“Dr, Livingstone, I presume?" the now-famous greeting, was allegedly uttered by Henry Morton Stanley on 10th November 1871, upon finding missionary and explorer David Livingstone.

Born as John Rowlands in Denbigh (28 January 1841 – 10 May 1904), Stanley was a journalist and explorer famous for his exploration of central Africa and his search for Livingstone. He was knighted in 1899.

After a period in St. Asaph Union Workhouse for the poor, he travelled to the United States in 1859 where he was befriended by Henry Hope Stanley, a wealthy trader whose name he eventually adopted. During the American Civil War, he fought first for the Confederate Army in the Battle of Shiloh in 1862. After being taken prisoner, he joined the Union Army, then served on several merchant ships before joining the Navy in July 1864.

When the war ended, Stanley became a journalist, organising an abortive expedition to the Ottoman Empire during which Stanley was imprisoned. He talked his way out of jail and was even compensated for damage to expedition equipment.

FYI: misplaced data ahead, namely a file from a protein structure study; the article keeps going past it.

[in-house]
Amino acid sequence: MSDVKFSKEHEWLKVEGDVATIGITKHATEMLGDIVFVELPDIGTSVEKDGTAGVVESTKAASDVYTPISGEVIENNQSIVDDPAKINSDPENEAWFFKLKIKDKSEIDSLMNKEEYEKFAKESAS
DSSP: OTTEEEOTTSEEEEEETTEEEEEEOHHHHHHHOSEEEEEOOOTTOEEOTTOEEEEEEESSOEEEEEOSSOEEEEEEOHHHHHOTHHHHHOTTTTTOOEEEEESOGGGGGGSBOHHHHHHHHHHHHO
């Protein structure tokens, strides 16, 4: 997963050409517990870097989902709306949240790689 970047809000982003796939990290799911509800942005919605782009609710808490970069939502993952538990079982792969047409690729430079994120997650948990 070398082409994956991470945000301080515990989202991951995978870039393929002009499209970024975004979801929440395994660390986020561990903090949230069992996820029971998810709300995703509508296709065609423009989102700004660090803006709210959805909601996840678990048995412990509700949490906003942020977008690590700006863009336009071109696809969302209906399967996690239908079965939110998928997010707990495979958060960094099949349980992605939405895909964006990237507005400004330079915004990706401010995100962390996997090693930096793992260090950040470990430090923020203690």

He travelled widely in Asia as an overseas correspondent for the newly-established New York Herald and in 1869, Stanley was given the task of finding the Scottish missionary and explorer David Livingstone, who had travelled to Africa but had not been heard from for some time.

Stanley travelled to Zanzibar and kitted an expedition accompanied by 200 porters. During the 700-mile expedition through the tropical forest, his horse died after a bite from a tsetse fly, many of his porters abandoned him and most of those who remained were stricken with tropical diseases. On 10th November 1871, Stanley came across Livingstone near Lake Tanganyika in what is now Tanzania, greeting him, reputedly, with "Doctor Livingstone, I presume?" Stanley joined Livingstone's exploration of the region, and wrote a book about his adventures on his return, entitled 'How I Found Livingstone; travels, adventures, and discoveries in Central Africa'.